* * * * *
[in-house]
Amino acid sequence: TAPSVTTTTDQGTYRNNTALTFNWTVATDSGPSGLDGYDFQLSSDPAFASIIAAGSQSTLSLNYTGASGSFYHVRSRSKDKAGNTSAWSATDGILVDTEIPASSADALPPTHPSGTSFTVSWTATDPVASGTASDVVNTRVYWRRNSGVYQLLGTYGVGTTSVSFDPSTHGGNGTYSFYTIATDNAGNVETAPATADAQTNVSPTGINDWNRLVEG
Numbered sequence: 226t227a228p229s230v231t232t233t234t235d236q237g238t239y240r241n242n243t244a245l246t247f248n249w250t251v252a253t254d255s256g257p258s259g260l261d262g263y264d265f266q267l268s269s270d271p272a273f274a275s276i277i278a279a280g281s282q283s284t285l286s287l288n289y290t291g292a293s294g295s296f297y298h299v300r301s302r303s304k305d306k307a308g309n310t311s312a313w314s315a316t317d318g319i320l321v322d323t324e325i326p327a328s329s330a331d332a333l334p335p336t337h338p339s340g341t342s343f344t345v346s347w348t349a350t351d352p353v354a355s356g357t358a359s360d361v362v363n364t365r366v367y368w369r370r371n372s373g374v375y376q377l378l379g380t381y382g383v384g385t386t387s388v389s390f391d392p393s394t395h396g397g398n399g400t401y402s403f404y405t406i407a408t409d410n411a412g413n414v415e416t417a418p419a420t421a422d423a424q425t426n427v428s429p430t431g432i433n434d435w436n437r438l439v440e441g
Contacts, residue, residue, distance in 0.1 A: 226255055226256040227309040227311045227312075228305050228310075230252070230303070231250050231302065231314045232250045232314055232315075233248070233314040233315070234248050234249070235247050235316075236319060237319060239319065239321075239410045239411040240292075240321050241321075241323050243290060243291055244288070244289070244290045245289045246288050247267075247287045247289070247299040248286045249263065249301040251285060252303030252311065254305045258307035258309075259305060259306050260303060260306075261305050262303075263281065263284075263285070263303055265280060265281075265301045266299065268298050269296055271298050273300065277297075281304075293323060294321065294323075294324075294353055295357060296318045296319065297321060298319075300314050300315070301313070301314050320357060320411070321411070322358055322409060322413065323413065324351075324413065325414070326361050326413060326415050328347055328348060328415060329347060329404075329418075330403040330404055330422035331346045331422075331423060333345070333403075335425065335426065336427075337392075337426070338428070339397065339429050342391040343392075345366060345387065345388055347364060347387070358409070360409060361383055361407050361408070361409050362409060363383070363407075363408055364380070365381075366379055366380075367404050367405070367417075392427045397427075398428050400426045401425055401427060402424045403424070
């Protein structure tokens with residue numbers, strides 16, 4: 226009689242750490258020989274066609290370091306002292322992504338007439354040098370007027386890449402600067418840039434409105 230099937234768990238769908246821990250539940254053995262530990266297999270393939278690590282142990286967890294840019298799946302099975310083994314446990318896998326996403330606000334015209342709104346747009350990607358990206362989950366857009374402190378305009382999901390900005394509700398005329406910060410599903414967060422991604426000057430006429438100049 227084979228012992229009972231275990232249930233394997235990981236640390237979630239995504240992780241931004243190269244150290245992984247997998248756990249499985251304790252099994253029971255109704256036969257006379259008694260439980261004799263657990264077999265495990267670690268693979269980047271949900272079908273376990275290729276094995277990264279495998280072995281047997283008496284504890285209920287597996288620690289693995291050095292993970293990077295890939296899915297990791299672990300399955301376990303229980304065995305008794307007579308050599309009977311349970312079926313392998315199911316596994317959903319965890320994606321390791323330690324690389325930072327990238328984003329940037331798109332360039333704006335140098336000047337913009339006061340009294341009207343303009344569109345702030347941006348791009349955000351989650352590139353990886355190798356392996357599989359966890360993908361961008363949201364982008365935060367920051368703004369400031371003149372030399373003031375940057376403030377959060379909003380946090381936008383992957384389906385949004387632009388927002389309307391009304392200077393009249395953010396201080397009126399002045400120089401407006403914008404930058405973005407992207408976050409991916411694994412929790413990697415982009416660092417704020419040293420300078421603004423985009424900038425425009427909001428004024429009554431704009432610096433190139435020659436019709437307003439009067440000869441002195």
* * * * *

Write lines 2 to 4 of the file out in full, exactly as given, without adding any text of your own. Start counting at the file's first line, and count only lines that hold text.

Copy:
Amino acid sequence: TAPSVTTTTDQGTYRNNTALTFNWTVATDSGPSGLDGYDFQLSSDPAFASIIAAGSQSTLSLNYTGASGSFYHVRSRSKDKAGNTSAWSATDGILVDTEIPASSADALPPTHPSGTSFTVSWTATDPVASGTASDVVNTRVYWRRNSGVYQLLGTYGVGTTSVSFDPSTHGGNGTYSFYTIATDNAGNVETAPATADAQTNVSPTGINDWNRLVEG
Numbered sequence: 226t227a228p229s230v231t232t233t234t235d236q237g238t239y240r241n242n243t244a245l246t247f248n249w250t251v252a253t254d255s256g257p258s259g260l261d262g263y264d265f266q267l268s269s270d271p272a273f274a275s276i277i278a279a280g281s282q283s284t285l286s287l288n289y290t291g292a293s294g295s296f297y298h299v300r301s302r303s304k305d306k307a308g309n310t311s312a313w314s315a316t317d318g319i320l321v322d323t324e325i326p327a328s329s330a331d332a333l334p335p336t337h338p339s340g341t342s343f344t345v346s347w348t349a350t351d352p353v354a355s356g357t358a359s360d361v362v363n364t365r366v367y368w369r370r371n372s373g374v375y376q377l378l379g380t381y382g383v384g385t386t387s388v389s390f391d392p393s394t395h396g397g398n399g400t401y402s403f404y405t406i407a408t409d410n411a412g413n414v415e416t417a418p419a420t421a422d423a424q425t426n427v428s429p430t431g432i433n434d435w436n437r438l439v440e441g
Contacts, residue, residue, distance in 0.1 A: 226255055226256040227309040227311045227312075228305050228310075230252070230303070231250050231302065231314045232250045232314055232315075233248070233314040233315070234248050234249070235247050235316075236319060237319060239319065239321075239410045239411040240292075240321050241321075241323050243290060243291055244288070244289070244290045245289045246288050247267075247287045247289070247299040248286045249263065249301040251285060252303030252311065254305045258307035258309075259305060259306050260303060260306075261305050262303075263281065263284075263285070263303055265280060265281075265301045266299065268298050269296055271298050273300065277297075281304075293323060294321065294323075294324075294353055295357060296318045296319065297321060298319075300314050300315070301313070301314050320357060320411070321411070322358055322409060322413065323413065324351075324413065325414070326361050326413060326415050328347055328348060328415060329347060329404075329418075330403040330404055330422035331346045331422075331423060333345070333403075335425065335426065336427075337392075337426070338428070339397065339429050342391040343392075345366060345387065345388055347364060347387070358409070360409060361383055361407050361408070361409050362409060363383070363407075363408055364380070365381075366379055366380075367404050367405070367417075392427045397427075398428050400426045401425055401427060402424045403424070